Emergency departments that have the highest levels of coordination of health care, personnel, procedures and medical equipment needed to care for ill and injured children have far higher rates of survival than hospitals with low readiness, according to a study funded by the National Institutes of Health. Researchers found that more than 1,400 children’s deaths may have been prevented if hospital emergency departments had adopted national pediatric care readiness standards as laid out by the National Pediatric Readiness Project. The six-year study of 983 emergency departments in 11 states followed nearly 800,000 children.
NICHD issues News Releases and Media Advisories to the news media. Spotlight and Research Feature articles explain NICHD research findings and public health issues to the general public. An Item of Interest is a short announcement of relevant information, such as a notable staff change.
Media Advisory: Adopting pediatric readiness standards improves survival in hospital emergency departments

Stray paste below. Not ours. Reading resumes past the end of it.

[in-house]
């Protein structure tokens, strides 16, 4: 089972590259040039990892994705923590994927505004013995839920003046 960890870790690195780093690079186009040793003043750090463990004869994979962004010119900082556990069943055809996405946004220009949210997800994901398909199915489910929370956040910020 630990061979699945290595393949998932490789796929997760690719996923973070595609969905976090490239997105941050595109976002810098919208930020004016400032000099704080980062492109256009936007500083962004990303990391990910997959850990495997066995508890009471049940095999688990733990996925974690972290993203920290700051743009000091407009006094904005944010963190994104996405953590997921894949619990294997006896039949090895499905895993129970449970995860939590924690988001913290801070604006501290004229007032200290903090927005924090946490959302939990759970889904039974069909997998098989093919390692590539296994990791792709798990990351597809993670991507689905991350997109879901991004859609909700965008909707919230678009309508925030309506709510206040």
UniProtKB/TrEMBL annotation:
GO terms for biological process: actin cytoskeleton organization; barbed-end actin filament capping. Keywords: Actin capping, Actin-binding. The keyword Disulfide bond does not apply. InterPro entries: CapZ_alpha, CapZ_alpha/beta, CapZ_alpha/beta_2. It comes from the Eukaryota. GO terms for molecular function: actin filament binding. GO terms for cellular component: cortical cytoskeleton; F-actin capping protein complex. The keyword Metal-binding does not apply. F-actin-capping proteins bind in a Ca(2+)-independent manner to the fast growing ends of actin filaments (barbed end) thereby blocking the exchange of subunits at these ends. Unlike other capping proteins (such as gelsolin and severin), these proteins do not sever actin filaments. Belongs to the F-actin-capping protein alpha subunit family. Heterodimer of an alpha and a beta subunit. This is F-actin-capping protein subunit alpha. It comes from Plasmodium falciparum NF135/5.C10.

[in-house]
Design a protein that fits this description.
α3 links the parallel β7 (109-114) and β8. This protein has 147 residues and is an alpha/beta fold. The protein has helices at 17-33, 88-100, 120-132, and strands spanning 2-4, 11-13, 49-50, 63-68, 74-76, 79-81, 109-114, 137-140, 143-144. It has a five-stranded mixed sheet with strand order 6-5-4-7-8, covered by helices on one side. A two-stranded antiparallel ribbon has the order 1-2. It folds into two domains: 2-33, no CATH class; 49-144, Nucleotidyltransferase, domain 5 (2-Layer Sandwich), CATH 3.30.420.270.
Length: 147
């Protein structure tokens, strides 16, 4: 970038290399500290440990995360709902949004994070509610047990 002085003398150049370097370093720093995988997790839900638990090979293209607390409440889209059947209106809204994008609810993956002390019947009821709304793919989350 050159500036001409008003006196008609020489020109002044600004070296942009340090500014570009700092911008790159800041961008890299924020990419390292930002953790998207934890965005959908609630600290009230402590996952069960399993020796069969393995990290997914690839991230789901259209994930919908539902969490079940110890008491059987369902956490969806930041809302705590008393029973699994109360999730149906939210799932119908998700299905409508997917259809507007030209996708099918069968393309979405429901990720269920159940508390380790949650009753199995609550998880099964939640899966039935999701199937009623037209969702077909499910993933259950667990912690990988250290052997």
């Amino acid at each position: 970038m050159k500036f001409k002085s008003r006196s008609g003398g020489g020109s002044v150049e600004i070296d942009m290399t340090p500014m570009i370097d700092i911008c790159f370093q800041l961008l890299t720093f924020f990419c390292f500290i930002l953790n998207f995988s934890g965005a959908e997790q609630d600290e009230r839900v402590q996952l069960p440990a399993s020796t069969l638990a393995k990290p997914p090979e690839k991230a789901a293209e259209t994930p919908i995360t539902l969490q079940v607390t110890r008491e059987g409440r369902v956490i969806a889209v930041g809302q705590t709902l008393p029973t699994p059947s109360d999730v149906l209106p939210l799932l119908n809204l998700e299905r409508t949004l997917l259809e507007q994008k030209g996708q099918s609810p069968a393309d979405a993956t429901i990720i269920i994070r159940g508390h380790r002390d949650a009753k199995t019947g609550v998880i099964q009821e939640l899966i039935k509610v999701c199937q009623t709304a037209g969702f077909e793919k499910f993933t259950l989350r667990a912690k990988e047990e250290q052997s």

Science Update: Youth injured by firearms at risk for subsequent mental health disorders, NIH-funded study suggests
Children and teens injured by a firearm were 50% more likely to be diagnosed with a mental health disorder in the year after the injury, compared to children and teens injured in a motor vehicle crash, according to an analysis of medical records funded by the National Institutes of Health. The findings suggest that firearm injuries may increase the risk for mental health disorders more than other kinds of traumatic injuries and that children injured by firearms may benefit from mental health screening.
Selected NICHD Research Advances of 2022
Read about NICHD’s research findings and activities from 2022.
Release: Risk of premature death in adulthood influenced by patterns of early childhood adversity, NIH study suggests
Poverty, combined with other types of adversity in early childhood, is associated with greater chances of premature death in adulthood, compared to other adverse childhood experiences, according to a study of more than 46,000 people by researchers at the National Institutes of Health.
Director's Corner: Preventing Gun Violence, the Leading Cause of Childhood Death
In 2020, firearm-related injuries surpassed motor vehicle crashes to become the leading cause of death among children and adolescents in the United States. Dr. Bianchi highlights NICHD-supported research to prevent firearm violence and reduce the related deaths, injuries, and trauma.
Director's Corner: The Power of Networks